In her 2012 book The Transreal: Political Aesthetics of Crossing Realities, micha cárdenas elaborated a praxis of working with multiple realities, grounded in transgender experience. In her recent work, she continues this project by elaborating a trans of color poetics that can improve the chances of life for transgender women of color, who continue to be the number one target of murder among LGBTQ people in the US. cárdenas will discuss her practice-based research projects, including Local Autonomy Networks (Autonets), Redshift and Portalmetal (Redshift) and Unstoppable, as well as media made by other artists including Zach Blas, Mattie Brice, Giuseppe Campuzano and Nao Bustamante. Through these examples cárdenas demonstrates the operations of the shift and the stitch as the basis for a trans of color poetics.
Assistant Professor in Interdisciplinary Arts & Sciences, University of Washington at Bothell
Dr. micha cárdenas is an artist/theorist who creates and studies trans of color movement in digital media, where movement includes migration, performance and mobility. cárdenas completed her Ph.D. in Media Arts + Practice in the School of Cinematic Arts at the University of Southern California. She is a member of the artist collective Electronic Disturbance Theater 2.0. Her solo and collaborative work has been seen in museums, galleries, biennials, keynotes, community and public spaces around the world.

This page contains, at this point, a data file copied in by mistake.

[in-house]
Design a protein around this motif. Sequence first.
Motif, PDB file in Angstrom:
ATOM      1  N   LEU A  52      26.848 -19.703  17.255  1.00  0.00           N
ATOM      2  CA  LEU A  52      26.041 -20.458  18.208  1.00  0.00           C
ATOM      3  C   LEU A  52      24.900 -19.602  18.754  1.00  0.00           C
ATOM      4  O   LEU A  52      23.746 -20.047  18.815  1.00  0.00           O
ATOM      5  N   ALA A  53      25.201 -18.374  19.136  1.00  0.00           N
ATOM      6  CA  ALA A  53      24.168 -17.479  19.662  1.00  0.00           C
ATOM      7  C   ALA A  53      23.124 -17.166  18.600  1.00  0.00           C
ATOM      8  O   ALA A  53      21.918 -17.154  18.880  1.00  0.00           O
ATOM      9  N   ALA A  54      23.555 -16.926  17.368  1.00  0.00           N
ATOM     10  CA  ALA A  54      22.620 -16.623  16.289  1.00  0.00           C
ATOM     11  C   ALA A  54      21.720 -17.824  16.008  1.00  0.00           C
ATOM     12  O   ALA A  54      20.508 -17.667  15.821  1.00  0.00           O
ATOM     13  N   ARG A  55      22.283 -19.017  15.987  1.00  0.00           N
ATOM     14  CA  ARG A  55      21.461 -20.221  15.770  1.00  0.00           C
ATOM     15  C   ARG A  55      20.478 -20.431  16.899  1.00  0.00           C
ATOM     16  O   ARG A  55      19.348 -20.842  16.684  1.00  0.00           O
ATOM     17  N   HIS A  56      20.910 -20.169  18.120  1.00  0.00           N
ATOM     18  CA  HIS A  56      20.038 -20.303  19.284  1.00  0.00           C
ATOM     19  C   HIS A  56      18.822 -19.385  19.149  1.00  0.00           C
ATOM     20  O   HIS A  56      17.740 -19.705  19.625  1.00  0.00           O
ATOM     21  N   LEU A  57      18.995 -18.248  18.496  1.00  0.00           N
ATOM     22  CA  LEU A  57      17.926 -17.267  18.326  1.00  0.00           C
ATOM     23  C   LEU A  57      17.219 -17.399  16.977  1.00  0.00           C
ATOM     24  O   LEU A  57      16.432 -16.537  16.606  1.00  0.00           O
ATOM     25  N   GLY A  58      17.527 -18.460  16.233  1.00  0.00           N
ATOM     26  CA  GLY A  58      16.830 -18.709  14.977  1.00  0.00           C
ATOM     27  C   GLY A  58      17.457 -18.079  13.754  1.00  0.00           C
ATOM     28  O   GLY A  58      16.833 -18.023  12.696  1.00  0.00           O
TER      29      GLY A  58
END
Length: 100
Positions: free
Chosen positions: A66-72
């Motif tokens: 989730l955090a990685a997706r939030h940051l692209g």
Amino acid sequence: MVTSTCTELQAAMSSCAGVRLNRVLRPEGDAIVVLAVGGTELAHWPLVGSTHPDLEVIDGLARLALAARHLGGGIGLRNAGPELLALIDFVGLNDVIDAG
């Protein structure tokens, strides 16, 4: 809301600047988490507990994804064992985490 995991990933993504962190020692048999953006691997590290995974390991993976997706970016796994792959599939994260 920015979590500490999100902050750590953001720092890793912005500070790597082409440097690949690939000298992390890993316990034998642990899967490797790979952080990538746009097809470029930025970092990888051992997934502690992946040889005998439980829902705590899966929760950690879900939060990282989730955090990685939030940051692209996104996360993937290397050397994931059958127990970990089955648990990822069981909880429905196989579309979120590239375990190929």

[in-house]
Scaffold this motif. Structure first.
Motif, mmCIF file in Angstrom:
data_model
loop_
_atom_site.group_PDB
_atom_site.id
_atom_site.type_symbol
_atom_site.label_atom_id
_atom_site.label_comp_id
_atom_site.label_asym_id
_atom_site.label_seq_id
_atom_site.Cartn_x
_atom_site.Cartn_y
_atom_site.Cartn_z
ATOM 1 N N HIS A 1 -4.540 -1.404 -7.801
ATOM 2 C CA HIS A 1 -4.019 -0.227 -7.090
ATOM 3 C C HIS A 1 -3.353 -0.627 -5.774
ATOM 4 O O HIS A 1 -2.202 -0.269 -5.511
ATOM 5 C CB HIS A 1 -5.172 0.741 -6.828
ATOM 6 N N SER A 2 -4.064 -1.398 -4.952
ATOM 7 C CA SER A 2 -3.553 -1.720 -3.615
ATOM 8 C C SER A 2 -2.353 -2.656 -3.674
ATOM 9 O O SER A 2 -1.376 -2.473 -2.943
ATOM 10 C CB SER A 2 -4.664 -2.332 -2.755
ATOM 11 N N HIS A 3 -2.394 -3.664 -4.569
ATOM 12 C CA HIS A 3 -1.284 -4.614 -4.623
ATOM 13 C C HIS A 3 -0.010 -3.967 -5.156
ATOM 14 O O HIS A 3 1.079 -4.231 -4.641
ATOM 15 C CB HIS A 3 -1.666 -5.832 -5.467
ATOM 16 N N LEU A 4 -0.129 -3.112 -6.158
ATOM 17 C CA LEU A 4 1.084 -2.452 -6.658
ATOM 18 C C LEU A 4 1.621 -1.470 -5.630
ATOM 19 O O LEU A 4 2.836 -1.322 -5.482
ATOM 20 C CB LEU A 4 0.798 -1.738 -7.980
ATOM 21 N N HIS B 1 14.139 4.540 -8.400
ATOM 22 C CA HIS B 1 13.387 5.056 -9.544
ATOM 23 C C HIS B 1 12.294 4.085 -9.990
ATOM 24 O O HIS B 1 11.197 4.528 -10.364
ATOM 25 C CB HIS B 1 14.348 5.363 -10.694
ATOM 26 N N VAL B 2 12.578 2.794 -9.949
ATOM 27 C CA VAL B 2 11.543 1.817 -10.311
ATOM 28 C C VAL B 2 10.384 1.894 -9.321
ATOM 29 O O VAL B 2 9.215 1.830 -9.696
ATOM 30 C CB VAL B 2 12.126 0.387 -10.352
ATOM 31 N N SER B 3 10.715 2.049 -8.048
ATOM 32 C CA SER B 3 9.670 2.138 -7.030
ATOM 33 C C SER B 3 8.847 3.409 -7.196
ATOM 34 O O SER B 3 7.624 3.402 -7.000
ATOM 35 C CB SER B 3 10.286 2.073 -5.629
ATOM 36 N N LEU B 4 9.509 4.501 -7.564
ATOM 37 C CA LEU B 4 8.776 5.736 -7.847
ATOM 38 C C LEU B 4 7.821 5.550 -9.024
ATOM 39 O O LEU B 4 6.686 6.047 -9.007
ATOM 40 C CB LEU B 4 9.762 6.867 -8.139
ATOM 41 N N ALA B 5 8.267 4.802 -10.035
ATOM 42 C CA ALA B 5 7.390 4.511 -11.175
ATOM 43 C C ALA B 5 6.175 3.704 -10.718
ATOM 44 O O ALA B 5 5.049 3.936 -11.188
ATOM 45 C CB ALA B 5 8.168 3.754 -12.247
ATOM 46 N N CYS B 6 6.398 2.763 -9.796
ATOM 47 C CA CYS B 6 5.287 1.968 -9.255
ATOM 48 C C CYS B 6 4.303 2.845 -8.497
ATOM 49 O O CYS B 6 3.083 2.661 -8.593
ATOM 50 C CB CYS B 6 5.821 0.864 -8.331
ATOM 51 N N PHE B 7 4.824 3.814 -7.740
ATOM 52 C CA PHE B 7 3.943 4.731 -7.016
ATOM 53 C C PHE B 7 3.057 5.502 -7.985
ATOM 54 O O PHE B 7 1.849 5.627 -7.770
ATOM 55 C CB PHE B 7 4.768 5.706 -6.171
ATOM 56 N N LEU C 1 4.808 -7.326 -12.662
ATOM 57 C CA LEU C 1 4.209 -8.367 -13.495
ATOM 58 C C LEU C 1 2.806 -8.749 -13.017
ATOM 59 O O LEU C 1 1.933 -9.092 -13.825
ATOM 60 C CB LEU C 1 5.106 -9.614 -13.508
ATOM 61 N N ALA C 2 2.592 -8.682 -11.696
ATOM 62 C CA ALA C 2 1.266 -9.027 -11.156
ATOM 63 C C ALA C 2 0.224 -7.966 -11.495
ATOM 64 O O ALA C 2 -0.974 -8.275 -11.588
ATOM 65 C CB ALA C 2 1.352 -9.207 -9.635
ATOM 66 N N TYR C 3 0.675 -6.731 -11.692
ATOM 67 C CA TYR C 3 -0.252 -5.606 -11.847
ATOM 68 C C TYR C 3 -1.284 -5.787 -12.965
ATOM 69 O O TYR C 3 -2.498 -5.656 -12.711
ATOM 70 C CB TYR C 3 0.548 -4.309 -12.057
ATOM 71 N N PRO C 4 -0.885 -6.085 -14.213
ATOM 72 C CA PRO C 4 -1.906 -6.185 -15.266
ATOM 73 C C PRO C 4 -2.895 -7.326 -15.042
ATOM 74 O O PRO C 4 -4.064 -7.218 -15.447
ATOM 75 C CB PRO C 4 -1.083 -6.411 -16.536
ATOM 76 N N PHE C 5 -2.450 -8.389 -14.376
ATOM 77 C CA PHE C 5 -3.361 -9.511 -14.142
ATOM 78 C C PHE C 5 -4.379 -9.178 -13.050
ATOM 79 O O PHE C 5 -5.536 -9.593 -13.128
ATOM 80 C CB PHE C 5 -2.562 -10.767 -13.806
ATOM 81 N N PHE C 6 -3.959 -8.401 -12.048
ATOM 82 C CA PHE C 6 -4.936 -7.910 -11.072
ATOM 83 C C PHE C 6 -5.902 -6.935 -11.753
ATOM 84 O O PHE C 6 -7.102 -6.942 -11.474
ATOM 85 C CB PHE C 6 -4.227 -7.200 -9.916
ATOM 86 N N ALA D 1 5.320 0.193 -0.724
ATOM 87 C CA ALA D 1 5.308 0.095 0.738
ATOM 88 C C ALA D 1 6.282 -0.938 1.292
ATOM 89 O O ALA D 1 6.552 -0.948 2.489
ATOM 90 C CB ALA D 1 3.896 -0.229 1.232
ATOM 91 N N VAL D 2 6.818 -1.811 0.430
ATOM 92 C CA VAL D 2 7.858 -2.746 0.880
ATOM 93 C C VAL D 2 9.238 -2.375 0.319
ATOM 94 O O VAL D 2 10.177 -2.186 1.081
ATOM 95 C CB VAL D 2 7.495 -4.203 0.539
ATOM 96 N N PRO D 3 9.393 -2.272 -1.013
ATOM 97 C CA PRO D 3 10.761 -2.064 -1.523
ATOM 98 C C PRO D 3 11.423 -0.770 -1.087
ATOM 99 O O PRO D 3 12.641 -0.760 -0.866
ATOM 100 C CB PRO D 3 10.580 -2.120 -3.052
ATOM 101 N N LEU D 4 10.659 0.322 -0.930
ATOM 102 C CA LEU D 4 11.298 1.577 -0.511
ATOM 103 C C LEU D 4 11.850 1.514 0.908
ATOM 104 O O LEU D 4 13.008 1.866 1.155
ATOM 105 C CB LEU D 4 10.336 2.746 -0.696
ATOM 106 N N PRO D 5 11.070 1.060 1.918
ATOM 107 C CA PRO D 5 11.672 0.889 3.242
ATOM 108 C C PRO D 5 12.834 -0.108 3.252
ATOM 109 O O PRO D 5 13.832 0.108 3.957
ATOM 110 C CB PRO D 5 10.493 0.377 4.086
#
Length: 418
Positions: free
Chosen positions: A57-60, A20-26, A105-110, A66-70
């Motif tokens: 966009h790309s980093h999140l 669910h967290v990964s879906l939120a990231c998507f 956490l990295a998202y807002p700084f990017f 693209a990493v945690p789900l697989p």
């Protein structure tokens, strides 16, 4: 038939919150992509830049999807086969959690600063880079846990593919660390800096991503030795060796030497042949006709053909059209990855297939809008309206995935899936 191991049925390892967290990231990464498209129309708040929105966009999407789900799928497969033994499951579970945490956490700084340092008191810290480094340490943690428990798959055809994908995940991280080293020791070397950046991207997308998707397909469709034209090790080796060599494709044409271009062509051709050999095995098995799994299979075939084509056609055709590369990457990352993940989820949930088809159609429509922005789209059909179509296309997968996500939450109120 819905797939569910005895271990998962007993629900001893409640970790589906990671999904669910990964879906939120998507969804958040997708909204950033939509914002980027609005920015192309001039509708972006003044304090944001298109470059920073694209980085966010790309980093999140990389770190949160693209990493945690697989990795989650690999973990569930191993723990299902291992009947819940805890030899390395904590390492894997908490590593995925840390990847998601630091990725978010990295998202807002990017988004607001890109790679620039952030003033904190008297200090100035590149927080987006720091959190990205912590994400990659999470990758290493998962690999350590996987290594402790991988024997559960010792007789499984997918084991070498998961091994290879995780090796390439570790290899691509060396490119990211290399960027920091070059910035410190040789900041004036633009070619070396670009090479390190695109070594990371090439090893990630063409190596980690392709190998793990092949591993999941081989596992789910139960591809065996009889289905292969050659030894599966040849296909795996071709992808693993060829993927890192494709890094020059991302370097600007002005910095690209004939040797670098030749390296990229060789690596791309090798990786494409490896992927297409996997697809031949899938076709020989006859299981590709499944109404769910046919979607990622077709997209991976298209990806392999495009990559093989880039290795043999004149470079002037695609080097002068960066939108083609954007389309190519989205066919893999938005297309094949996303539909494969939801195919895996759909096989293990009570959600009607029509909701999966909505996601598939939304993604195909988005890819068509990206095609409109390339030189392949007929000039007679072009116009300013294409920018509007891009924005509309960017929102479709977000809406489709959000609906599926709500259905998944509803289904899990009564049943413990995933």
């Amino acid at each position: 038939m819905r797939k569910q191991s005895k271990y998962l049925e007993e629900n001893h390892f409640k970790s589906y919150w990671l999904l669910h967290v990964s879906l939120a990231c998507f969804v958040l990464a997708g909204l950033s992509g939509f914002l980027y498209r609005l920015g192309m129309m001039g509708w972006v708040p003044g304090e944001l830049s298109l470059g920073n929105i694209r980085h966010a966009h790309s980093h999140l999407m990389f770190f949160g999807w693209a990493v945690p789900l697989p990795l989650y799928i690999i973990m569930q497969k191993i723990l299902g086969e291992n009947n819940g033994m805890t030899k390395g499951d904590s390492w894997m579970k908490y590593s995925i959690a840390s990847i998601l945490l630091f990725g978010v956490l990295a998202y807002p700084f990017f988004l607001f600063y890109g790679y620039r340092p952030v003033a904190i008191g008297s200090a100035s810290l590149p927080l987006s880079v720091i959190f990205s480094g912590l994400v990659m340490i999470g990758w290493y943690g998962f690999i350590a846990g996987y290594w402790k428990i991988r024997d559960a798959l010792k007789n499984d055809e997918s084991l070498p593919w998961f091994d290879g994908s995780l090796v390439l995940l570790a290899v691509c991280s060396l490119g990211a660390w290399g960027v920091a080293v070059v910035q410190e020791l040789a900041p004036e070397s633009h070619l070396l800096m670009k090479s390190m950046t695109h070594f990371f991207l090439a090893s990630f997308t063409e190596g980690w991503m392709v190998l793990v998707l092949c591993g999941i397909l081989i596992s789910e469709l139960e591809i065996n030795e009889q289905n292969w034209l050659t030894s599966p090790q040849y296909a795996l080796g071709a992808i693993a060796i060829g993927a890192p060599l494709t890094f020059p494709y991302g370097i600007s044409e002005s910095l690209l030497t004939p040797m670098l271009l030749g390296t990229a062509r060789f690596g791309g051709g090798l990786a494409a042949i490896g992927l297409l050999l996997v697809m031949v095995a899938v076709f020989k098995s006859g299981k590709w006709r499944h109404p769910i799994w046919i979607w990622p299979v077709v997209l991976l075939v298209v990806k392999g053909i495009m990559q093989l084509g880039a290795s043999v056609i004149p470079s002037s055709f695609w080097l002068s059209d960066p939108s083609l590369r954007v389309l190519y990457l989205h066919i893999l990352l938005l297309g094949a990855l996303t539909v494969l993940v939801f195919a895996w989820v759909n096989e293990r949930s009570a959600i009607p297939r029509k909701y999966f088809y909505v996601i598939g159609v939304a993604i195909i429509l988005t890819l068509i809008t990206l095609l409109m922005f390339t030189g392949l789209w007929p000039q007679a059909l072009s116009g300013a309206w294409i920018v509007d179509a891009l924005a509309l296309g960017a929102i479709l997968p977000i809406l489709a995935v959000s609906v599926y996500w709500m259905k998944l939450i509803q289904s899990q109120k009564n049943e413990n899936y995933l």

Speculative Computing and World-Making
The spread of immersive digital environments might have made the virtual more “real,” but at the same time, increased surveillance and endless analytics have optimized our world as computation. The 2015 – 2016 Five College Digital Humanities Speaker Series features scholars and artists whose work investigates the constantly shifting boundaries between physical and virtual space, and how such shifts impact how we engage our social, political, and bodily networks: how our worlds are made, and how we can make them differently.
Referring to the hyper-speculation of images, information, and space, documentary filmmaker and author Harun Farocki once declared that “reality would have to begin,” A year after his death, we ask, “Has reality begun? Or has it become something else?”
Dr. cárdenas’s talk is the third in this year’s lecture series.